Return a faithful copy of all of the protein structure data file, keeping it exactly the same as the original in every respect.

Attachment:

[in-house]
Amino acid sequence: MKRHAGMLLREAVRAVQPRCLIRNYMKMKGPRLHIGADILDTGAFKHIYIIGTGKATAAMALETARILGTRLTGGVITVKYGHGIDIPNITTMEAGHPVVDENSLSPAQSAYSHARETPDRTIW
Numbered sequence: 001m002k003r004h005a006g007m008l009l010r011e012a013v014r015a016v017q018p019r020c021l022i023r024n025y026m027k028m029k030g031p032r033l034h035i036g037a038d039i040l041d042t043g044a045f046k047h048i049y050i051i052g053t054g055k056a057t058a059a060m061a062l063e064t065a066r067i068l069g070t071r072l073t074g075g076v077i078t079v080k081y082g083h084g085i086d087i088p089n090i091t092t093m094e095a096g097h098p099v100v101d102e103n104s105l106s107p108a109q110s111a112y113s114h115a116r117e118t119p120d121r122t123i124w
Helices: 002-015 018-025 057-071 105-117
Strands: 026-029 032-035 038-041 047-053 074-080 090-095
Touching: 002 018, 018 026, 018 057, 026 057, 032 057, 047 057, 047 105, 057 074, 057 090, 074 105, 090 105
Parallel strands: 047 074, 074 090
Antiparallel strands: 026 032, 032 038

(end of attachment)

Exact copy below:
[in-house]
Amino acid sequence: MKRHAGMLLREAVRAVQPRCLIRNYMKMKGPRLHIGADILDTGAFKHIYIIGTGKATAAMALETARILGTRLTGGVITVKYGHGIDIPNITTMEAGHPVVDENSLSPAQSAYSHARETPDRTIW
Numbered sequence: 001m002k003r004h005a006g007m008l009l010r011e012a013v014r015a016v017q018p019r020c021l022i023r024n025y026m027k028m029k030g031p032r033l034h035i036g037a038d039i040l041d042t043g044a045f046k047h048i049y050i051i052g053t054g055k056a057t058a059a060m061a062l063e064t065a066r067i068l069g070t071r072l073t074g075g076v077i078t079v080k081y082g083h084g085i086d087i088p089n090i091t092t093m094e095a096g097h098p099v100v101d102e103n104s105l106s107p108a109q110s111a112y113s114h115a116r117e118t119p120d121r122t123i124w
Helices: 002-015 018-025 057-071 105-117
Strands: 026-029 032-035 038-041 047-053 074-080 090-095
Touching: 002 018, 018 026, 018 057, 026 057, 032 057, 047 057, 047 105, 057 074, 057 090, 074 105, 090 105
Parallel strands: 047 074, 074 090
Antiparallel strands: 026 032, 032 038